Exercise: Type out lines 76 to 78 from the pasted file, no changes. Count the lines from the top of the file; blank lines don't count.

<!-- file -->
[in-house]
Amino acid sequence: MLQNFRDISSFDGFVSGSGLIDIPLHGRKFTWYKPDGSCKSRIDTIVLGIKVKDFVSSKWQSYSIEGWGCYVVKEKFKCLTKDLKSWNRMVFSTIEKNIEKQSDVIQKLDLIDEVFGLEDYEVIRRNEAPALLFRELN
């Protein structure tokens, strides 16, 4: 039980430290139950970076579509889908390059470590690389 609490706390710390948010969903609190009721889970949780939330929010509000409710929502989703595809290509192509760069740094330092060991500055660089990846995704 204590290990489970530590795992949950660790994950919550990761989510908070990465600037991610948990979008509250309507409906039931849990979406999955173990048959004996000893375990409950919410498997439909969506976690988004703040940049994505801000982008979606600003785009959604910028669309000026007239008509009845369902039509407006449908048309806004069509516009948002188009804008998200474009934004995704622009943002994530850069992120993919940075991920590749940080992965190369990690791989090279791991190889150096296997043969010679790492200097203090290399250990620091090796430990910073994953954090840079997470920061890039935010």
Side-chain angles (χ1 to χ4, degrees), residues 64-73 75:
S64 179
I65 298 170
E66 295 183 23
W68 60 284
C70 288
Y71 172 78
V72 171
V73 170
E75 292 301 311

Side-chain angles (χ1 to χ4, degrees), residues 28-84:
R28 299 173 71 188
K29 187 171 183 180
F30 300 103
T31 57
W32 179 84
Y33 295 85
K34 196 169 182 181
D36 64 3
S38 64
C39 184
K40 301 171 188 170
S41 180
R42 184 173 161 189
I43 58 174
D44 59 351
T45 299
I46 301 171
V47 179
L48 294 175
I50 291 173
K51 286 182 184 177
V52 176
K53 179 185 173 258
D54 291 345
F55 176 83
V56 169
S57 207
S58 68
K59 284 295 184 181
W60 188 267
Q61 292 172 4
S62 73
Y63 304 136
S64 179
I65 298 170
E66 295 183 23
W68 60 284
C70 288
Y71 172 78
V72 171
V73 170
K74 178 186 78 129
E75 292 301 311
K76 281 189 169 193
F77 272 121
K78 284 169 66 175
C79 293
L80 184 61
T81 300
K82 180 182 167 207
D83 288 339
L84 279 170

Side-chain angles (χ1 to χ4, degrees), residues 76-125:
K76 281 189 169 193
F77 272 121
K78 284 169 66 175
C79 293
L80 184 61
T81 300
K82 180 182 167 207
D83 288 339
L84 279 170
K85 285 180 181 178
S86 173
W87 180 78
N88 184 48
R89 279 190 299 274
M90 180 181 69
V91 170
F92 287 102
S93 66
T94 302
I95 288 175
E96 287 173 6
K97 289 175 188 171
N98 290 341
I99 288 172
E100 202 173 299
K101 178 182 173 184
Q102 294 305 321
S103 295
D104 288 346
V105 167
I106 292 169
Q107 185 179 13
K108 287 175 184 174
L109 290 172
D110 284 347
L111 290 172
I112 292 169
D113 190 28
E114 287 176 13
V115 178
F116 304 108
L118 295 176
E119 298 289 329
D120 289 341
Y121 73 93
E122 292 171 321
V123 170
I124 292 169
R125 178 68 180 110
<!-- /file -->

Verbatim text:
L84 279 170
K85 285 180 181 178
S86 173